Most Labour MPs are set to vote against it, as well as Conservative MPs from the pro-Brexit and pro-EU wings of the party, and possibly the 10 MPs from the Democratic Unionist Party which props up May’s government.

The DUP’s Nigel Dodds said the party “couldn’t possibly vote for” the deal. Pro-Brexit Conservative MP Iain Duncan Smith said May’s days are numbered as prime minister if she goes ahead with it.

Owen Smith, a champion of the anti-Brexit group Best for Britain, said the deal would leave “the British people worse off, and our country weaker as a whole” and urged May to put it to another referendum.

He added: “It’s not enough for May to secure support for her deal from Cabinet, or even from Parliament. This deal will dictate the course for our country for generations to come, and it must be put to the people for their approval or rejection.”

The leaders of the four main opposition parties, including Corbyn and The Liberal Democrats’ Vince Cable, have jointly written to May demanding a “truly meaningful vote” on the deal.

Great Britain’s Economy Isn’t in Freefall and That Worries Business

Economy is defined as the management of financial matters. The false prophecies of an economic collapse, aired loudly before and in the days after last year’s referendum on European Union membership, have boosted the confidence of hard Brexiteers. A group of them even says a “no deal” with the European Union on future relations after the 2019 exit date isn’t a bad thing.

Others, including many in British business, are quietly sorry the economy hasn’t taken a hit – if only because to them a hard shock seems the one thing that can sway the politics around Brexit and push the government to strike a favourable trade deal with Europe. If a shock comes, it’ll now probably come “too late,” in the words of one former government insider. The likelier course, economists now believe, is a long-term economic slowdown.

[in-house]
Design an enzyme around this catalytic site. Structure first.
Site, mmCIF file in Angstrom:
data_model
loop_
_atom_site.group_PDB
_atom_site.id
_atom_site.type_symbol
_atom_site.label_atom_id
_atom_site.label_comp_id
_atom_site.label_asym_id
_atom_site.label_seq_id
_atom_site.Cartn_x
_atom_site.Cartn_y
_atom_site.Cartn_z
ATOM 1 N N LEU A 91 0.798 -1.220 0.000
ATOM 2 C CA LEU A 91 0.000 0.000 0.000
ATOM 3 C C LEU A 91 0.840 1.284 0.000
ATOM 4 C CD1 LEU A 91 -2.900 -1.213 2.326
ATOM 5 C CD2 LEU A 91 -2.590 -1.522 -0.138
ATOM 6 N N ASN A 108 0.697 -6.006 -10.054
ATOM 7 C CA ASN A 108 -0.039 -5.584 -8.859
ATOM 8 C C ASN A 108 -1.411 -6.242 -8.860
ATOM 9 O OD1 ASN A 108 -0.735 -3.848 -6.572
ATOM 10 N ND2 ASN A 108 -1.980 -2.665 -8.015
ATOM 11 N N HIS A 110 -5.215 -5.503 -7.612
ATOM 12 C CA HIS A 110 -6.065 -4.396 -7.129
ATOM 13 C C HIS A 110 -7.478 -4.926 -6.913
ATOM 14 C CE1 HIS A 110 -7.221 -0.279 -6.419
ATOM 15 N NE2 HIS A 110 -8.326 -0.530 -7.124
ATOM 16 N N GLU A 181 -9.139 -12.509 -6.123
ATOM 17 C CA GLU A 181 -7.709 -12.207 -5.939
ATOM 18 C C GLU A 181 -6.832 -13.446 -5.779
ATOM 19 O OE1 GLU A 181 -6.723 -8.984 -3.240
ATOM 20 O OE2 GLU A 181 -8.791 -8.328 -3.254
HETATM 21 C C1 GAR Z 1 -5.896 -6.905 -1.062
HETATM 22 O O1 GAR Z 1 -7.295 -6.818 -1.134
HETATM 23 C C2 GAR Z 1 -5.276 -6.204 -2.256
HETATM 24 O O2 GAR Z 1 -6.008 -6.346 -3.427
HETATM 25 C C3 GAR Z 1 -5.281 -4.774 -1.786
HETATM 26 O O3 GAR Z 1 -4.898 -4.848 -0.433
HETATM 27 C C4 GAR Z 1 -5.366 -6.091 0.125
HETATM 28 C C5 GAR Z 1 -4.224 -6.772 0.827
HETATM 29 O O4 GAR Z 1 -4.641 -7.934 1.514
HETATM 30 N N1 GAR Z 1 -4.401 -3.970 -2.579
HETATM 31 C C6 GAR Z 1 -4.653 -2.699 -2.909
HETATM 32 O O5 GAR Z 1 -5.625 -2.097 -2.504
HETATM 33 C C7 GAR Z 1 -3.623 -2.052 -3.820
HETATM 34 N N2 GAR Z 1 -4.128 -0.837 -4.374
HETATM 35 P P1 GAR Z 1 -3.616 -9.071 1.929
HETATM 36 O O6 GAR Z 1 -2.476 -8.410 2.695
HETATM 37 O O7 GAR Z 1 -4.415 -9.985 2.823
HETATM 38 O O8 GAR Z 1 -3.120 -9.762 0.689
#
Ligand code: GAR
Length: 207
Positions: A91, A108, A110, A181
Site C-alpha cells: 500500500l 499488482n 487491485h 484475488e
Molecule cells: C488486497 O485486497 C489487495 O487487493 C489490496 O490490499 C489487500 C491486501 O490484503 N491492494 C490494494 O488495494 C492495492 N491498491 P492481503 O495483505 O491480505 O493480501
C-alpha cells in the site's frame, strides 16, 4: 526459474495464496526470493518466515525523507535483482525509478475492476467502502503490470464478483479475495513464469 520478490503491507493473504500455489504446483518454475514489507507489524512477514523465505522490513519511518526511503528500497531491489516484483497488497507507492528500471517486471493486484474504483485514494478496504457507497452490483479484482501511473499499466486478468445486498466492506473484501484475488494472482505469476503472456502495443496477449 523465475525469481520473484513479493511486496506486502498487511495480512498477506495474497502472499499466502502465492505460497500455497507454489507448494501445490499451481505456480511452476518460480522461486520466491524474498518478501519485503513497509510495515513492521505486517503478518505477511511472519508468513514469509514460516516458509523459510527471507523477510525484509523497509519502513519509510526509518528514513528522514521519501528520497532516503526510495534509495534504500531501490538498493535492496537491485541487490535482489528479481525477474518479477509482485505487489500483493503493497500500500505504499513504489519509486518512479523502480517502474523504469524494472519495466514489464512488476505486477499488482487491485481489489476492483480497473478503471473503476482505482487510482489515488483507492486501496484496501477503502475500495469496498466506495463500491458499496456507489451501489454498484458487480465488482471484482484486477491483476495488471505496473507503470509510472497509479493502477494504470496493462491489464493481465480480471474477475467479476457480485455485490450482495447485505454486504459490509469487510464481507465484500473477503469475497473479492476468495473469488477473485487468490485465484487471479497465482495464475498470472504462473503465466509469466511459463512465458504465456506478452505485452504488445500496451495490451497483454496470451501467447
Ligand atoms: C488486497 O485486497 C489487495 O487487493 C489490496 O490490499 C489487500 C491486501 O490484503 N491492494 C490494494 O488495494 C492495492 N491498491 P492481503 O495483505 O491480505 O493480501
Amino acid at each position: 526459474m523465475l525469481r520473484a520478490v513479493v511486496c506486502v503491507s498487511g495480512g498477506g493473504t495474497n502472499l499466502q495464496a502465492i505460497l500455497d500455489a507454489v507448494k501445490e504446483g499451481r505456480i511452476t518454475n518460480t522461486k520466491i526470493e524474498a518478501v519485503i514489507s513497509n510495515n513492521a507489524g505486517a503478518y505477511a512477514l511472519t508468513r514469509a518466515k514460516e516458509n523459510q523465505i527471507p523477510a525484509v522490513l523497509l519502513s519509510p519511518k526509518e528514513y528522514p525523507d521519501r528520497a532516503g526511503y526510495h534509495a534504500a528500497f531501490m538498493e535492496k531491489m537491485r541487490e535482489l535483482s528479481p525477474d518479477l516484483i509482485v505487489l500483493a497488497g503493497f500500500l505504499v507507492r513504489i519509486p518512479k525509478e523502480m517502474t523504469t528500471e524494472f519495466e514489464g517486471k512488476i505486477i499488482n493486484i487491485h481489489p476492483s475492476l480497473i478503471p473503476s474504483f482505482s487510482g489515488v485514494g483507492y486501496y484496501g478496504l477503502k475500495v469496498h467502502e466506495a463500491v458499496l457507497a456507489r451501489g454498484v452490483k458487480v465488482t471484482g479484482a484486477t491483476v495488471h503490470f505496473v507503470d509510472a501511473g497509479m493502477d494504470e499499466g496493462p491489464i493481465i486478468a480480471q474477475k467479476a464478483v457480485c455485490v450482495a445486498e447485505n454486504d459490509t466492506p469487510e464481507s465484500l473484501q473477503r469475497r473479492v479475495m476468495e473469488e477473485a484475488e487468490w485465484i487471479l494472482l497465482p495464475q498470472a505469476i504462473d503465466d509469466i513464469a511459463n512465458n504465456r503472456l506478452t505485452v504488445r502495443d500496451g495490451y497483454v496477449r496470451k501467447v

With Brexit, “we didn’t drop the frog in a pot of boiling water,” Commerzbank chief United Kingdom economist Peter Dixon said. “It won’t be the big one-off hit that tipped the economy into recession like 2008, but it will be a slow strangling of the economy as activity that might have taken place otherwise does not.”

No Doom Or Gloom

So to most people today, Brexit has been an economic non-event. Growth in the third quarter of 2017 – the three months through September – was up slightly to 0.4 percent, beating expectations, but part of a trend in 2017 of slower growth than the long-term average of around 2 percent a year. Wages were up 2.2 percent – the highest since 2012 – but with inflation at 3 percent real incomes fell.

“Individuals don’t really notice the difference between an economy growing at 2 percent to an economy growing at 1.8 percent,” said a senior economic expert in one of the major business groups opposed to Brexit. “People notice when the economy goes into recession, but we are not in that territory.”

The absence of something closer to apocalypse is making it harder for proponents of a “soft” Brexit with Europe to get heard.

It’s “undeniable that the projections of doom and gloom have not materialised,” said Nicky Morgan, the Conservative chair of the treasury select committee who opposed Brexit, and argued the avoidance of recession doesn’t mean Britain’s out of the woods.

“There are two costs to Brexit,” she said. “There’s the economic cost – and there will be one. Businesses are clearly not investing as much at the moment because of the uncertainty. But there is also the long-term opportunity cost – the cost of lost opportunities. This will be hard for people to feel in their bank accounts. It’s the business which decides to invest but not in the UK That is hard to quantify.”

Morgan warned the government not to let the lack of a crisis allow them to become complacent about the dangers of a mishandled Brexit. “We must not undermine our economy and the last seven years of extremely hard work,” she said.

Morgan and the other Tory soft Brexiteers are in a minority in the party, but have strong allies in government, foremost Chancellor Philip Hammond, who is pushing to maintain as much access to European markets as possible. However, the Brexiteers, led by Boris Johnson, Liam Fox and Michael Gove, hold the power to bring down the government should the prime minister stray too far off their preferred course.